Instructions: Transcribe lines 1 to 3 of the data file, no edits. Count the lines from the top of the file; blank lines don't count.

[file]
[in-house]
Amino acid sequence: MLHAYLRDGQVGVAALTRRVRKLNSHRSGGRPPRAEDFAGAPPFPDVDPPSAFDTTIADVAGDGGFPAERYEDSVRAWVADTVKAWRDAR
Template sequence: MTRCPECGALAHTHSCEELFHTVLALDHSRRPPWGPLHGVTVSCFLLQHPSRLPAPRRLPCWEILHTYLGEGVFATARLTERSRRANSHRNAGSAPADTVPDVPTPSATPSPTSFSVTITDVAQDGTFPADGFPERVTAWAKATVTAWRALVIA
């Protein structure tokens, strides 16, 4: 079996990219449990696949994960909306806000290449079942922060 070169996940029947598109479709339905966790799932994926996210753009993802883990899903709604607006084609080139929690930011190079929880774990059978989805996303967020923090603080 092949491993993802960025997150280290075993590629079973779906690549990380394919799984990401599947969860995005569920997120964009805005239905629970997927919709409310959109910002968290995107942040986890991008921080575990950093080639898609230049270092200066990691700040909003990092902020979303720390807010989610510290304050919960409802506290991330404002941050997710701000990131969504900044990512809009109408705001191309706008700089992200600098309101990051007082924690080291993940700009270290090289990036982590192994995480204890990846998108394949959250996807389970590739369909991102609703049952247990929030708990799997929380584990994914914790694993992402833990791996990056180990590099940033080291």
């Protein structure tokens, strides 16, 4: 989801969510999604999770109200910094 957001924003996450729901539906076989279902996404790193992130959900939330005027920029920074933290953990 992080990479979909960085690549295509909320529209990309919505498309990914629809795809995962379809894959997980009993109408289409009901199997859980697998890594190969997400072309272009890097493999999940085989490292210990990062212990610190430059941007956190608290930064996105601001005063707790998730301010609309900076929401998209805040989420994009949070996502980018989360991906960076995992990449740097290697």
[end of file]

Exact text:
[in-house]
Amino acid sequence: MLHAYLRDGQVGVAALTRRVRKLNSHRSGGRPPRAEDFAGAPPFPDVDPPSAFDTTIADVAGDGGFPAERYEDSVRAWVADTVKAWRDAR
Template sequence: MTRCPECGALAHTHSCEELFHTVLALDHSRRPPWGPLHGVTVSCFLLQHPSRLPAPRRLPCWEILHTYLGEGVFATARLTERSRRANSHRNAGSAPADTVPDVPTPSATPSPTSFSVTITDVAQDGTFPADGFPERVTAWAKATVTAWRALVIA